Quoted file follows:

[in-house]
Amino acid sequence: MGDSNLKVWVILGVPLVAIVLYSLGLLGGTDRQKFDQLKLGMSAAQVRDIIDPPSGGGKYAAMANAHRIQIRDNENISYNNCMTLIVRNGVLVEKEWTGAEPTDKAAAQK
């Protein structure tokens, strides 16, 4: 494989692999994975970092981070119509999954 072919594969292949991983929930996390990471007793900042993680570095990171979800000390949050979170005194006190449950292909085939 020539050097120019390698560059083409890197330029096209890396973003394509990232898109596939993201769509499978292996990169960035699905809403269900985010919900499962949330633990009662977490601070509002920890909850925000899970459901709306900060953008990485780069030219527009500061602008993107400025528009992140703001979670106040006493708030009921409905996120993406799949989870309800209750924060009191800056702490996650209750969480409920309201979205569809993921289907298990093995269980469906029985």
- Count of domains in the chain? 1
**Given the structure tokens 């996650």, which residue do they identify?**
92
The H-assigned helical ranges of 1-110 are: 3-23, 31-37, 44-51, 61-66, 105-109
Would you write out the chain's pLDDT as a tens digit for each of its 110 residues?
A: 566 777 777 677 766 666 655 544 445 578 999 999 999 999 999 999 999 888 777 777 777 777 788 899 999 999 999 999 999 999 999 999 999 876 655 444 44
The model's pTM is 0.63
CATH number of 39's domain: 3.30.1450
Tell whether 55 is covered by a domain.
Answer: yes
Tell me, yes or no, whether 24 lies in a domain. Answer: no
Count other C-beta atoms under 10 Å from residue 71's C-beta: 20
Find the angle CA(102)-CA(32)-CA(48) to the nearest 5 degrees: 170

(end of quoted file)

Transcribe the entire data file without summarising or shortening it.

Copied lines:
[in-house]
Amino acid sequence: MGDSNLKVWVILGVPLVAIVLYSLGLLGGTDRQKFDQLKLGMSAAQVRDIIDPPSGGGKYAAMANAHRIQIRDNENISYNNCMTLIVRNGVLVEKEWTGAEPTDKAAAQK
């Protein structure tokens, strides 16, 4: 494989692999994975970092981070119509999954 072919594969292949991983929930996390990471007793900042993680570095990171979800000390949050979170005194006190449950292909085939 020539050097120019390698560059083409890197330029096209890396973003394509990232898109596939993201769509499978292996990169960035699905809403269900985010919900499962949330633990009662977490601070509002920890909850925000899970459901709306900060953008990485780069030219527009500061602008993107400025528009992140703001979670106040006493708030009921409905996120993406799949989870309800209750924060009191800056702490996650209750969480409920309201979205569809993921289907298990093995269980469906029985």
- Count of domains in the chain? 1
**Given the structure tokens 């996650």, which residue do they identify?**
92
The H-assigned helical ranges of 1-110 are: 3-23, 31-37, 44-51, 61-66, 105-109
Would you write out the chain's pLDDT as a tens digit for each of its 110 residues?
A: 566 777 777 677 766 666 655 544 445 578 999 999 999 999 999 999 999 888 777 777 777 777 788 899 999 999 999 999 999 999 999 999 999 876 655 444 44
The model's pTM is 0.63
CATH number of 39's domain: 3.30.1450
Tell whether 55 is covered by a domain.
Answer: yes
Tell me, yes or no, whether 24 lies in a domain. Answer: no
Count other C-beta atoms under 10 Å from residue 71's C-beta: 20
Find the angle CA(102)-CA(32)-CA(48) to the nearest 5 degrees: 170